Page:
ABUSE OF POWER
By Newsday Staff Tuesday, February 14 2012
Intimidation tactics by the police against Newsday and its senior reporter, Andre Bagoo continued on Sunday night when a marked police vehicle was parked outside Bagoo’s Belmont house for several hours. There were two men in the vehicle and the vehicle’s engine was kept running for the entire time with headlights turned off in a dark area outside the house. Bagoo was not home at the time.
The Sunday night police stakeout at Bagoo’s house came hours after Police Commissioner Dwayne Gibbs issued a statement defending the actions of the Anti-Corruption Investigations Bureau (ACIB) last week when nine ACIB officers raided Newsday’s newsroom on Thursday, February 9 searched and seized a computer hard drive and cellphones from Bagoo and then proceeded to his Belmont house where they seized his three laptop computers. The matter is now in the hands of Newsday’s attorneys, who yesterday wrote to Gibbs describing this latest development as an abuse of police power.
Newsday’s lawyers told Gibbs that “the stationing of a marked police car at our client’s home was a transparent attempt to intimidate; an act of petulant retaliation of our client’s singular public criticism of the raid that was effected”.
Lawyers called on Gibbs to investigate: (1) who was responsible for stationing this vehicle at our client’s home, and the reason for so stationing this vehicle. “We expect this information to be provided to us as a matter of urgency.”
“For the avoidance of all possible doubt, we wish to reiterate our understanding that our clients could not be considered suspects in any respect in the ongoing investigation. If this position is incorrect or if it subsequently changes, our clients are prepared to voluntarily surrender themselves in the company of their attorneys at law, full contact information for whom is included at the end of this letter, the lawyers stated.
“We trust that this unequivocal position will forestall any overzealous actions on the part of members of the police service. We expect that this letter will be drawn to the attention of all members of the police service who may be involved in this investigation and will consider any further attempt to furtively accost or intimidate our clients to be an act of malice on your part.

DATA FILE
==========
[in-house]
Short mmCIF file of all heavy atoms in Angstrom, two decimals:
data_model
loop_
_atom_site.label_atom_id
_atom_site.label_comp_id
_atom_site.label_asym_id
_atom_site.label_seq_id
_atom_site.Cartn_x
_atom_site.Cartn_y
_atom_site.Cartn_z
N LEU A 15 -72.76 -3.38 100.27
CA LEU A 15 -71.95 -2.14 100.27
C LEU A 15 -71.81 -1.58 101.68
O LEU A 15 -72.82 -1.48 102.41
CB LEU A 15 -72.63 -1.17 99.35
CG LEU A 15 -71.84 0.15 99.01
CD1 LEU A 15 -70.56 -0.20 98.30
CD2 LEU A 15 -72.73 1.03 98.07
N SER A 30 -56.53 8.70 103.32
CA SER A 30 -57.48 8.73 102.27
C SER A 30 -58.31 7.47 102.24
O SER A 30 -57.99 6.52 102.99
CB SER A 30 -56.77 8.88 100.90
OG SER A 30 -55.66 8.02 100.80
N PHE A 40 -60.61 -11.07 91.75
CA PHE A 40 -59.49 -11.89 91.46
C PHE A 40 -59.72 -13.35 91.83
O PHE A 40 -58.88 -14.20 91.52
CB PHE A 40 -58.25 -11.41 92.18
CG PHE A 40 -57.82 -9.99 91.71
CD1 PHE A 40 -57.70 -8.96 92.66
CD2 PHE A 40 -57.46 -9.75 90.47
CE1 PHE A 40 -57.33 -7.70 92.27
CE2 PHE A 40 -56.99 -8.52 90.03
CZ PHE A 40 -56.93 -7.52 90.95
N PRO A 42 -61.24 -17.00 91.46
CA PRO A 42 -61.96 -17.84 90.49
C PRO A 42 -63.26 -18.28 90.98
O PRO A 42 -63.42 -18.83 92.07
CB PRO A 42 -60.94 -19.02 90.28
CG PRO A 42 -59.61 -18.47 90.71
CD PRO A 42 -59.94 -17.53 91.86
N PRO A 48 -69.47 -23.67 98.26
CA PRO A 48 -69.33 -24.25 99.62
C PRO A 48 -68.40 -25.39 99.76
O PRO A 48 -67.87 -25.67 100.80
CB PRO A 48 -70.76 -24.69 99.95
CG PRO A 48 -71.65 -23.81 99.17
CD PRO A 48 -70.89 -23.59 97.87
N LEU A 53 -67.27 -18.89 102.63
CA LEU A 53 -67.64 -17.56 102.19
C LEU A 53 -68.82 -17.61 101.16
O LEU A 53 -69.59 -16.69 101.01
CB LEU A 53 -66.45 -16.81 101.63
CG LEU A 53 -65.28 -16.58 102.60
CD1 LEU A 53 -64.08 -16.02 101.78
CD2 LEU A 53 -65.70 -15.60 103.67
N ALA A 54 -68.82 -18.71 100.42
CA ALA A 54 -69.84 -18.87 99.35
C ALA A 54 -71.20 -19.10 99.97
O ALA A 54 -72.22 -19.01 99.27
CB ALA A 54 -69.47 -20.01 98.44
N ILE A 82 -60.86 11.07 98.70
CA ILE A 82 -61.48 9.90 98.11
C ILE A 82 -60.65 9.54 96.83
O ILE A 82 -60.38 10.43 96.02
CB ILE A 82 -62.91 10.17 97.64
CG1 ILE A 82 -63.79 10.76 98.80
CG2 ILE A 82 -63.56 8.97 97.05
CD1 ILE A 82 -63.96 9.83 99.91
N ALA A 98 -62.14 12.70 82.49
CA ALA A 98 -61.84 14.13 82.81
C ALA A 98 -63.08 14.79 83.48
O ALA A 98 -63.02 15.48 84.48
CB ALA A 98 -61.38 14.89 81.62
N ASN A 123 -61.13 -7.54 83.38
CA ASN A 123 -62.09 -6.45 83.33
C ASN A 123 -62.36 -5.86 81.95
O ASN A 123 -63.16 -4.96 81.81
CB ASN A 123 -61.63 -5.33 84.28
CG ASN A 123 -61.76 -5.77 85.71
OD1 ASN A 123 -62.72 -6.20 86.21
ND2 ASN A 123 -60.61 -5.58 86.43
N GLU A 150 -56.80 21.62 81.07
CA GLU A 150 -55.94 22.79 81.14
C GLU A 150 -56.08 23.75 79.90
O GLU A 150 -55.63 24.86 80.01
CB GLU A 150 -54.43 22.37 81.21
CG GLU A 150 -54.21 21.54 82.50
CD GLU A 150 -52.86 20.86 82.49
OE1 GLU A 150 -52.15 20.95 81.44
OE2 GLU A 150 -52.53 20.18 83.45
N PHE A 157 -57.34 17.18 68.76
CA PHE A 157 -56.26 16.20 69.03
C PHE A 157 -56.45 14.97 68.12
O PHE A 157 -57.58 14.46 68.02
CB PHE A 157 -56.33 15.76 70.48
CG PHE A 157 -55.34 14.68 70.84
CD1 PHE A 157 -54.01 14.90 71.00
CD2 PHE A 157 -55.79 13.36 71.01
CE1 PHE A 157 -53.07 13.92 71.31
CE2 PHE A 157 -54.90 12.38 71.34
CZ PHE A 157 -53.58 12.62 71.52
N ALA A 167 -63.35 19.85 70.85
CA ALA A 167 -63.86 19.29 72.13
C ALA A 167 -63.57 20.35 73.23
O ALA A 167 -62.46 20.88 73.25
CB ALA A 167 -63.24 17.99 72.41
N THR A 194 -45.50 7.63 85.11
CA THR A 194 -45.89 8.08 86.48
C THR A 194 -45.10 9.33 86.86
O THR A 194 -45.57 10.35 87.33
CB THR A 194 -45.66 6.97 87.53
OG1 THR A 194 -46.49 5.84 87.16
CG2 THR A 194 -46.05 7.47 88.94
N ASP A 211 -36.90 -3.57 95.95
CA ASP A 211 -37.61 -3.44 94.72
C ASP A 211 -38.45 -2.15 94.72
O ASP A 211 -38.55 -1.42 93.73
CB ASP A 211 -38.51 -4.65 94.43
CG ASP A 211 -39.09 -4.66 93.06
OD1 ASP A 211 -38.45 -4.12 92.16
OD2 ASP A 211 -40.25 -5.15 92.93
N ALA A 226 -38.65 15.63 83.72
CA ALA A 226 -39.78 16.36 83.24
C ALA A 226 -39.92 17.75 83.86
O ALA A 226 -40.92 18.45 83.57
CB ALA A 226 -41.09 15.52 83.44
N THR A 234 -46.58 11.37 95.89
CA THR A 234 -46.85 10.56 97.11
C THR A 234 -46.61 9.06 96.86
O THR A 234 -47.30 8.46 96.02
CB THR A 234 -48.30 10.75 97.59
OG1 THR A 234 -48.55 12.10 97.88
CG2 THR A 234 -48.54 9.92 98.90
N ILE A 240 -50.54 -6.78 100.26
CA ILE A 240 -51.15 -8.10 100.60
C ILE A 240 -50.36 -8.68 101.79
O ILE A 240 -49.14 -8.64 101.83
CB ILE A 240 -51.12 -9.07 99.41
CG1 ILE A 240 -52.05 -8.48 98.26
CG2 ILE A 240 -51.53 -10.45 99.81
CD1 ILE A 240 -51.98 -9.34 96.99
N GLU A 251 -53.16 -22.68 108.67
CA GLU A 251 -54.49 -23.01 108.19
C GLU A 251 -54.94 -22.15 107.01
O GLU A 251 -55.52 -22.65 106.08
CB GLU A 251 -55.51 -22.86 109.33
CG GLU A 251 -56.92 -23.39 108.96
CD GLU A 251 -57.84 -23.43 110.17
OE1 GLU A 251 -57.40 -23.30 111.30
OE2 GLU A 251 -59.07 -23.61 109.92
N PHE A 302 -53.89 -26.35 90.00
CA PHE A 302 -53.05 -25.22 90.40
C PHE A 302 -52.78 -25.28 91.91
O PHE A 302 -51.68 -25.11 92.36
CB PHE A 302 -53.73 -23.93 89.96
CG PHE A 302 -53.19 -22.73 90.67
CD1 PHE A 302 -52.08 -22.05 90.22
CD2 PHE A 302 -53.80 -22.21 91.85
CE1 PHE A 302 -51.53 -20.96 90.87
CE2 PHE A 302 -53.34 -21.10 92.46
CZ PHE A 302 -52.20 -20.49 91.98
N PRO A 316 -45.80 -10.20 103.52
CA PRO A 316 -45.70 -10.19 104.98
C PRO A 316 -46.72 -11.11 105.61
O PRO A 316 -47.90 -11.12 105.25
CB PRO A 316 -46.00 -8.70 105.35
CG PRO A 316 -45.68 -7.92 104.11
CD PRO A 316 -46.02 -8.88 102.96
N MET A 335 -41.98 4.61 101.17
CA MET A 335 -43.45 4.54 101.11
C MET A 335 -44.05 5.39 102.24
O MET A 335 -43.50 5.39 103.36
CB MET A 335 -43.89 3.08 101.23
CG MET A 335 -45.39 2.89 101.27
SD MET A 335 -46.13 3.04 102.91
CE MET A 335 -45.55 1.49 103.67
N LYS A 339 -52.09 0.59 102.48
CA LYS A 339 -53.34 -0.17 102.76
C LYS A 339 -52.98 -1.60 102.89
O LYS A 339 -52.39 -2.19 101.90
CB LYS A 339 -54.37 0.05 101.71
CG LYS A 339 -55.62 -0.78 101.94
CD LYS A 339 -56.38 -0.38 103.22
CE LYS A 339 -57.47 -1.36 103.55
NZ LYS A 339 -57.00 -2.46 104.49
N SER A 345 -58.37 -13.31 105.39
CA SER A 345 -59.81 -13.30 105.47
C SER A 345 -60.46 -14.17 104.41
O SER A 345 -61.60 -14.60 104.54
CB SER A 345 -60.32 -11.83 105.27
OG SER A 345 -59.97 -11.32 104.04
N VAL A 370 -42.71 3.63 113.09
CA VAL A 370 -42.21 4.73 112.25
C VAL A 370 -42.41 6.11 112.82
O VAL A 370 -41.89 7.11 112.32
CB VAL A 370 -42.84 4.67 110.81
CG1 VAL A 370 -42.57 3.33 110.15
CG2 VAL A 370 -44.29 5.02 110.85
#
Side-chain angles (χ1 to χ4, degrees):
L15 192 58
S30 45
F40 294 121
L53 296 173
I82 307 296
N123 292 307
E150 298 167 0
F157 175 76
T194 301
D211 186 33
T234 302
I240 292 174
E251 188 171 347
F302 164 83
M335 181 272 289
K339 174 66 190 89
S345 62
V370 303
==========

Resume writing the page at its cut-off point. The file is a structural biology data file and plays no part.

“We reject out of hand the suggestion implicit in your letter to the editor dated 11th February, 2012 that mere possession of a search warrant provides a constitutionally unimpeachable licence for the police to effect a raid at a media house or the home of journalists. The action undertaken was disproportionate in scope and an unprecedented abuse of police power. Our clients demand the immediate return of their seized property and that any copies of documents taken therefrom be destroyed,” the letter concluded.
In his statement of February 11, attempting to justify last week’s raids, Gibbs seemed to be comparing media people to “those individuals and groups who constantly attempt through illegal, unethical and nefarious means, to destroy the very underpinnings and basic tenets of our society.”
“In simple terms, there are the bullies, the manipulators and intimidators. They purposefully initiate violence and maleficence and contrive to attain only for their own self-interest and benefit, usually at the expense of others and society as a whole,” he said.
The raid on Newsday’s office and at Bagoo’s home stirred a huge public outcry last week that condemned the raids. Condemnation came from the Prime Minister, Kamla Persad-Bissessar, Leader of the Opposition, Dr Keith Rowley, politicians, national and regional media associations, media houses and ordinary citizens who all expressed outrage at what was deemed an abuse of the nation’s constitutionally guaranteed freedom of the Press.
The raid at Newsday was the second such abuse in a matter of months, the first being a raid of the TV6 television station by over 20 police officers in search of a video tape of the Crime Watch programme.
The raid at Newsday and Bagoo’s house stemmed from a police investigation requested by the Integrity Commission whose chairman Ken Gordon has always promoted himself as a press freedom fighter and after whom a school of journalism has been named.
Gordon called on police to find out who leaked information to Bagoo contained in a report of a row between Gordon and Deputy Chairman, Gladys Gafoor. In a television interview the morning the report appeared in Newsday, Gordon appearing on a CNC3 television programme confirmed the row. Later the same day, however, he was singing a different tune and announcing a police investigation. It is not known whether members of the commission staff have been investigated by the police. Focus of attention has been on the persecution of Bagoo to reveal his sources which he has refused to do.
The row between Gordon and Gafoor arose from a request by former Attorney General John Jeremie that Gafoor recuse herself from an investigation which the Integrity Commission is conducting with respect to Jeremie’s involvement in a matter concerning former Chief Magistrate Sherman Mc Nicolls.
Gafoor refused to recuse herself and wrote a letter of complaint to President Max Richards. (See page 15A)
On Thursday, the same day Bagoo’s house and Newsday’s newsroom were raided President Richards announced in a strange development the appointment of a tribunal to investigate Gafoor’s conduct.
Yesterday, Gafoor insisted that she has no intention of resigning as a member of the Integrity Commission.